As if I needed another reason to dislike summer, but I'm getting ahead of myself here. I had been planning to attempt to ride two imperial centuries in the first two days of 2005, but being sunburned today on the final day of 2004 has put paid to that. I can really only blame myself, it was in the final stages of the ride home from Brisbane -- reflection off the water mainly. Guess that's what happens when you take the coastal route.
Of course, the time in Brisbane was spent assisting my mother with moving apartments. Something she seems to do with alarming regularity. At least she's now eliminated most of the really big furniture. Small inner city apartments in Brisbane don't leave much scope for that I guess. I did get a pleasant early morning trip to Mt Coot-tha -- a reserve to the west of Brisbane city, but that was about the only exciting thing I've been up to in the last couple of days. It was nice to see the mist obsure the surrounding suburbia that day.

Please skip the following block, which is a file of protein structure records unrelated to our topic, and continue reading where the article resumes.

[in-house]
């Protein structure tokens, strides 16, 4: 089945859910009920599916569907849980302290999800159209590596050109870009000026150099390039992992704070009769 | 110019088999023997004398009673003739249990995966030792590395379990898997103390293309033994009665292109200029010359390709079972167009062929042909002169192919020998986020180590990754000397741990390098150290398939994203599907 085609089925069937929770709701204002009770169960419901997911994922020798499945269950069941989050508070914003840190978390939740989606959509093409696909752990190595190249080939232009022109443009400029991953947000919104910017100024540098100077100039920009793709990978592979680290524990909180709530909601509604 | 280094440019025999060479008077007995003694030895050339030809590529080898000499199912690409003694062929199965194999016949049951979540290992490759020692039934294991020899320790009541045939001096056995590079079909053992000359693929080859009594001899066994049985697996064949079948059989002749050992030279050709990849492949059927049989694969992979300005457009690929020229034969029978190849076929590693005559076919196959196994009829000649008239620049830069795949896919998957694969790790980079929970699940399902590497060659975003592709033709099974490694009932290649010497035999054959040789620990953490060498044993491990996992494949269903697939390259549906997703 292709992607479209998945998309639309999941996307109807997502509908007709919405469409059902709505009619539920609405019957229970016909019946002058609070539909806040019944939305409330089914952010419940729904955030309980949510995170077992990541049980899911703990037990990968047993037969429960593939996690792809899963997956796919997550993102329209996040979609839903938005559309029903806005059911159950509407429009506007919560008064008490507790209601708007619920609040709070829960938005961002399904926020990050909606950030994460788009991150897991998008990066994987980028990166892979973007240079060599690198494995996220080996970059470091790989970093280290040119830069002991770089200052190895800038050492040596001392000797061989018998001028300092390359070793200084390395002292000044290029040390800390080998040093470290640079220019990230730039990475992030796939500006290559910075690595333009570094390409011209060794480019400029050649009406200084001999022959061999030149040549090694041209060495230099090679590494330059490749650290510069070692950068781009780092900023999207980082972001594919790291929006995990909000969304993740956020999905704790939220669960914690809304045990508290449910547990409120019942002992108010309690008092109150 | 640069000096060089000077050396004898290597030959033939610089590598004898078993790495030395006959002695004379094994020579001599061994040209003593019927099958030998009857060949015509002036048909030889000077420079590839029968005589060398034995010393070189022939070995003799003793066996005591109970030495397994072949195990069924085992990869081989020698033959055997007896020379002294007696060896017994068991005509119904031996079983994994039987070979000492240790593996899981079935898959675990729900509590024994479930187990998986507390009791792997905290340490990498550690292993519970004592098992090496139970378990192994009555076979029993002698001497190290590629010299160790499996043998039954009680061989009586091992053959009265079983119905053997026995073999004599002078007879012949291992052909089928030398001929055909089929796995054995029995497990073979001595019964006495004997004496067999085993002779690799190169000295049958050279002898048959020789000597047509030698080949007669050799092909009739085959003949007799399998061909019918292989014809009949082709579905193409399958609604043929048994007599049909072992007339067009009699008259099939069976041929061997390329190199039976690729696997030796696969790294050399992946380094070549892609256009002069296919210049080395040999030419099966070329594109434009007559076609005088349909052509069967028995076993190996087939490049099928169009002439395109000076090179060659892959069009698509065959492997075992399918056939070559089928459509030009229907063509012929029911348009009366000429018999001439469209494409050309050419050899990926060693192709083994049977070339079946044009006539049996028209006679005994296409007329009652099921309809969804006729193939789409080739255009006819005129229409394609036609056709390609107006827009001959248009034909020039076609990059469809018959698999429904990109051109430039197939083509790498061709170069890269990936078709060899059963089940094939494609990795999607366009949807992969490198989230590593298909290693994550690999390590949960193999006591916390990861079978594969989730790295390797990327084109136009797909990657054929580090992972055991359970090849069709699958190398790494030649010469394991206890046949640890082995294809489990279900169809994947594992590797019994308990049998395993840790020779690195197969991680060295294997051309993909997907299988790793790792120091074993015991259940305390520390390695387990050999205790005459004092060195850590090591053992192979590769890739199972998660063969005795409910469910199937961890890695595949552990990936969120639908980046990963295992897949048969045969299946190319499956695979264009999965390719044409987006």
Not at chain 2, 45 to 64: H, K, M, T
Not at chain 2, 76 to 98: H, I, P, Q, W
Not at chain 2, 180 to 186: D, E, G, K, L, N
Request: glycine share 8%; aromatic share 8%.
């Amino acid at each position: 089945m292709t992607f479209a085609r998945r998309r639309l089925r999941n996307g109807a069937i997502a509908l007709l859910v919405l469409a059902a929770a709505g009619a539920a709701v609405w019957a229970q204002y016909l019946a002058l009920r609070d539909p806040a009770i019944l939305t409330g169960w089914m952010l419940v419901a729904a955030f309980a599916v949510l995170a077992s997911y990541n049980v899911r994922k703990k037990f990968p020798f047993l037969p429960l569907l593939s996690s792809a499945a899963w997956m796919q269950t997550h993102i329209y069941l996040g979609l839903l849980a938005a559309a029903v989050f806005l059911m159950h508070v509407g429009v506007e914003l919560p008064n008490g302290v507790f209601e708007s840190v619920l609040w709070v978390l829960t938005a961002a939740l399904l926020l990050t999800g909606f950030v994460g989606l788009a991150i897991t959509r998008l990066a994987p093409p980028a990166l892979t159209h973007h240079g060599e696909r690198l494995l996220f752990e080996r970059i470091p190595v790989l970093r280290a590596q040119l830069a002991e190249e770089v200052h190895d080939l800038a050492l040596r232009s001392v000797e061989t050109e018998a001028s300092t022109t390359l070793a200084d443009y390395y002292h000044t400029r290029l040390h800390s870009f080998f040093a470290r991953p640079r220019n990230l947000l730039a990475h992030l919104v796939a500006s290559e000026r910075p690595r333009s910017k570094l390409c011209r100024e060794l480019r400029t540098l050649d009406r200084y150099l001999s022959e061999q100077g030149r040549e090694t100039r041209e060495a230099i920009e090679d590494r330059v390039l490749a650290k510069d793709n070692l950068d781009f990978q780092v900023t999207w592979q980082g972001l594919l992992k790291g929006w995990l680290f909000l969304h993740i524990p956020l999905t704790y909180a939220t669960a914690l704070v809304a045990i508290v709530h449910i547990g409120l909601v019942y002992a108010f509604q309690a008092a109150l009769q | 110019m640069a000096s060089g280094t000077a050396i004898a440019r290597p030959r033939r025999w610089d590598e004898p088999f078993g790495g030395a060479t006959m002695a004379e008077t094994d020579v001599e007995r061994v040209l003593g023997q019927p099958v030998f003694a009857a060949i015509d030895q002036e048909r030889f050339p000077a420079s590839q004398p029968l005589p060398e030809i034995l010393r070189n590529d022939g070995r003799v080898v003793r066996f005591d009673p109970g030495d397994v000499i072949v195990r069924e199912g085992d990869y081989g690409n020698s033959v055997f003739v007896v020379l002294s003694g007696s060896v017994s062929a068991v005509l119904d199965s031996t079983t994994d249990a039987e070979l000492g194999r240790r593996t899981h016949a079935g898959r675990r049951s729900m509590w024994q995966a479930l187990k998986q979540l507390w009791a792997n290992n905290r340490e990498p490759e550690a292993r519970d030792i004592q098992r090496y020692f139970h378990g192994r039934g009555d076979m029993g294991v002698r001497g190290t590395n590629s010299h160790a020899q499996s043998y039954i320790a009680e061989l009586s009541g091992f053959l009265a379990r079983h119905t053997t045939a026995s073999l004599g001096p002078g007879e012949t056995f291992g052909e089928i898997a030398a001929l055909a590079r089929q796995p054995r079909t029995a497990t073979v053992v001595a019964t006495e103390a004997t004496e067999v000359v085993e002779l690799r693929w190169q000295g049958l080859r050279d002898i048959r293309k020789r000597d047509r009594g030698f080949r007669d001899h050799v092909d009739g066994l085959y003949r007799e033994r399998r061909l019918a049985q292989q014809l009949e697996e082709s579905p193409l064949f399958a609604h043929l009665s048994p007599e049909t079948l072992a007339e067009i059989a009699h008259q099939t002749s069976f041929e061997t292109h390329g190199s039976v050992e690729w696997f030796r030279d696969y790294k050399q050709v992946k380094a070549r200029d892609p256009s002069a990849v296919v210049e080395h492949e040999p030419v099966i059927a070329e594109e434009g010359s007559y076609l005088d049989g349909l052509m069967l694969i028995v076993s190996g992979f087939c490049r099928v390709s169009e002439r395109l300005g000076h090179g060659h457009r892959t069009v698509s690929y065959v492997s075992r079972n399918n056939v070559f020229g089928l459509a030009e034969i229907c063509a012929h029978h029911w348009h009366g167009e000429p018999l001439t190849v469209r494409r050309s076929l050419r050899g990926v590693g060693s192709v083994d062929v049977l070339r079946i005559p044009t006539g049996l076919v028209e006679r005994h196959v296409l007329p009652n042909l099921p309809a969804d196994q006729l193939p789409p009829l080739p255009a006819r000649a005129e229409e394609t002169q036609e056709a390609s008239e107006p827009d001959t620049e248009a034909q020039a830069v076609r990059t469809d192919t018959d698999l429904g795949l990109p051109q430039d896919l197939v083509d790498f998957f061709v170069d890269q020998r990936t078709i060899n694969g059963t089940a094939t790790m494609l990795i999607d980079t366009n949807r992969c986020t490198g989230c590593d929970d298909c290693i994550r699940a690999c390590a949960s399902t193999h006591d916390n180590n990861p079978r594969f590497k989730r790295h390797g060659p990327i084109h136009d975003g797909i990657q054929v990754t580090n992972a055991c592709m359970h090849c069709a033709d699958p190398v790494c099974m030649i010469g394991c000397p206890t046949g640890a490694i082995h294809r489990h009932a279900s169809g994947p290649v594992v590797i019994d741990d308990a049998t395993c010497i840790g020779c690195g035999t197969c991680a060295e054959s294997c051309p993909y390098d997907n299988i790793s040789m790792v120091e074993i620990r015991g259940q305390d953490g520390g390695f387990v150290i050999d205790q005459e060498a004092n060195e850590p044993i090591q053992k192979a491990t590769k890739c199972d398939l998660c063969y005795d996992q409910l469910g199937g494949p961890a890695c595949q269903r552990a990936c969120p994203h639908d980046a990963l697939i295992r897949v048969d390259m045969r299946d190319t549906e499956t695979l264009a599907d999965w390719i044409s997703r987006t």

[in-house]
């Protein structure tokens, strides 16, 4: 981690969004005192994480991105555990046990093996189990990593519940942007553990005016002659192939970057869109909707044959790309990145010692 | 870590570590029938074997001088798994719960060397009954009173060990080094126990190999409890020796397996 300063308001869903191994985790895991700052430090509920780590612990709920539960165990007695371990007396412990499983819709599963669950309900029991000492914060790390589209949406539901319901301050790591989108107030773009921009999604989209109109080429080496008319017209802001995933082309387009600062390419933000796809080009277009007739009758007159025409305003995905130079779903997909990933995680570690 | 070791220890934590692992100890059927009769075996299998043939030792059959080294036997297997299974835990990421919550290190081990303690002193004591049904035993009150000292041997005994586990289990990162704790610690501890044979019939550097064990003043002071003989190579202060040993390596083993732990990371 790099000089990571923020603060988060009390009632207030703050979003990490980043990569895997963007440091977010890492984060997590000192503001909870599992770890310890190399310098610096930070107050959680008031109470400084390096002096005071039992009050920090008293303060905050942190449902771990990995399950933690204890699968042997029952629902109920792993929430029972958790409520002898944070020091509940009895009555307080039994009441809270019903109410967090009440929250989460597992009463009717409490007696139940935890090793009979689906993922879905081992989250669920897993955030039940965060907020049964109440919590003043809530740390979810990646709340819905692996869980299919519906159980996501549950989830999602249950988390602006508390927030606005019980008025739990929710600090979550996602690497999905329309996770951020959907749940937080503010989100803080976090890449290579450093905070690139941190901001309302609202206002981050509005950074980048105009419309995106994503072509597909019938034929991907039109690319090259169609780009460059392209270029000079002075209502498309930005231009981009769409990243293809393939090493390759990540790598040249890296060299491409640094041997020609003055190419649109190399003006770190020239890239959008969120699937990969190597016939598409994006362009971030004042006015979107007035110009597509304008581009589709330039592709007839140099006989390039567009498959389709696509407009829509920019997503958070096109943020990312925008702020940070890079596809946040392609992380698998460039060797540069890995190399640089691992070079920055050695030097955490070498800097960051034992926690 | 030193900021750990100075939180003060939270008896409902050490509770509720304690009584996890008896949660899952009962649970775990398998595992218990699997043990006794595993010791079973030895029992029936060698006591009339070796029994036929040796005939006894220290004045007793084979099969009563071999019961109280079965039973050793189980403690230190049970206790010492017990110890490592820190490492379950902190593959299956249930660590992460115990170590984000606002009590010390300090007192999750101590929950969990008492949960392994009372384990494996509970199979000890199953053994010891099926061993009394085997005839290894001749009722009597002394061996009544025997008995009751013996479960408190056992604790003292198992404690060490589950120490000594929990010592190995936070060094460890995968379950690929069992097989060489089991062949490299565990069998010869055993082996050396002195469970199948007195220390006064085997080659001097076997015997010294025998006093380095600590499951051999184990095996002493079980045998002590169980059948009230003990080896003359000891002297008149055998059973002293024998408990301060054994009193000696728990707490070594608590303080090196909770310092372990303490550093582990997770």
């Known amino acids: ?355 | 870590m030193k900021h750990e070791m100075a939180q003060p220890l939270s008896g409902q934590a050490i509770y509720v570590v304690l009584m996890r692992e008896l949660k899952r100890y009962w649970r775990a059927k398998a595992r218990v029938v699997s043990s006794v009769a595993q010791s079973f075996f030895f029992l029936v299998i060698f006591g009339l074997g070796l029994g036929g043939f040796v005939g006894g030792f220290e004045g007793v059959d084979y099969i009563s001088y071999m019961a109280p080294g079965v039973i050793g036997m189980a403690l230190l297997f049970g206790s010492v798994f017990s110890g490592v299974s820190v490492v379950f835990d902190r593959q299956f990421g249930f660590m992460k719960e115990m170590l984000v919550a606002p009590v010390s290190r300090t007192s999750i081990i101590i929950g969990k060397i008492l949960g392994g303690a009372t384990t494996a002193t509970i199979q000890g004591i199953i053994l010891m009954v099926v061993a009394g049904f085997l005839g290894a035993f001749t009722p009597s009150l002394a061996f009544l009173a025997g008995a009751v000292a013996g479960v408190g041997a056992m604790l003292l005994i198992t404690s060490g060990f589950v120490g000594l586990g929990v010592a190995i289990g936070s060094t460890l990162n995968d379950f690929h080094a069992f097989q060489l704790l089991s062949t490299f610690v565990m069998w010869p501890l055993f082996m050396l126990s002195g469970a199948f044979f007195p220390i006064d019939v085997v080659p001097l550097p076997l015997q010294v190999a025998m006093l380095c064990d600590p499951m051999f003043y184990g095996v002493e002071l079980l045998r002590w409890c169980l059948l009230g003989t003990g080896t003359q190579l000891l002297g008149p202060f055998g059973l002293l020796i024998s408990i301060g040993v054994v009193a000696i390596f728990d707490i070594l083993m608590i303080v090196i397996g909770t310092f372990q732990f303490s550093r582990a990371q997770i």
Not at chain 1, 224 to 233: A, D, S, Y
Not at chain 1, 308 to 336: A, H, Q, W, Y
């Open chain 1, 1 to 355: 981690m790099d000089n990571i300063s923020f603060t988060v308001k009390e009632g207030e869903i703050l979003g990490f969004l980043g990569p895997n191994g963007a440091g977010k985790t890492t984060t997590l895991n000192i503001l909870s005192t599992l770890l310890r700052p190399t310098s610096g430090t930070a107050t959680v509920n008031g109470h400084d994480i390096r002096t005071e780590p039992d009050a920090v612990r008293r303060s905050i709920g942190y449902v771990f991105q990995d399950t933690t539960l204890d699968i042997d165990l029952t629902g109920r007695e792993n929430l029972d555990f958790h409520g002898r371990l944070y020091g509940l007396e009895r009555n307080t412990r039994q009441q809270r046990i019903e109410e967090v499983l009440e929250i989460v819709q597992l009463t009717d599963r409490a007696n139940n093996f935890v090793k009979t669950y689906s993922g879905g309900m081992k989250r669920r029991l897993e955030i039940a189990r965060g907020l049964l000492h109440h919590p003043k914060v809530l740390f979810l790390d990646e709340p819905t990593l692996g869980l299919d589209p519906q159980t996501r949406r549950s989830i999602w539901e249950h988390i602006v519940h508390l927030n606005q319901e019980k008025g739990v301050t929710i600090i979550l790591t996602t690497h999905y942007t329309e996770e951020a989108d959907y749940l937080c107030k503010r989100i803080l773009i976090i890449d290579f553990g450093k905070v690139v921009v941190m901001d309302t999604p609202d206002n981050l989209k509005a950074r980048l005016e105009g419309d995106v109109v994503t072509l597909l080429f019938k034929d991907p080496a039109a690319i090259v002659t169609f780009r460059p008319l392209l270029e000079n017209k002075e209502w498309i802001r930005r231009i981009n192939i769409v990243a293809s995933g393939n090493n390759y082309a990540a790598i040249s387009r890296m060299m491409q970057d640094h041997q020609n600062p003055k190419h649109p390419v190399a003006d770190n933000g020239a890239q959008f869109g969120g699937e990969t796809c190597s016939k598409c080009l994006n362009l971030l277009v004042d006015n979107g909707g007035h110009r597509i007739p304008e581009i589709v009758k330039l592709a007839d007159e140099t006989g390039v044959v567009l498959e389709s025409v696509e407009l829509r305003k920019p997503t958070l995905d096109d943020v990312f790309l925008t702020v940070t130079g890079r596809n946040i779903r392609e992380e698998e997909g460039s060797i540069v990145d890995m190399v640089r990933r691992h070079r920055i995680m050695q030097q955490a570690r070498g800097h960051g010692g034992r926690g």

Apparently there was a road rage incident near Brisbane Airport yesterday. I'm told that two drivers had a heated argument over a parking space, one guy took off at high speed when he lost, clattered into a young woman on a pedestrian crossing, who ended up with serious brain damage as a result of the collision. The driver himself suffered a heart attack as a consequence and died.
The reason I say "apparently" above is because the local news didn't see fit to report it. Now I know the Tsunami in South East Asia has quite understandably taken up a lot of media space in recent times, but surely this incident deserves some kind of billing -- especially in view of the fuss made over the "selection shocks" in the Australian cricket team. What I want to know is this -- is this another function of society losing focus? Or have incidents like this (and indeed deaths on roads generally) become so common that it's not considered worth even a 30 second news report?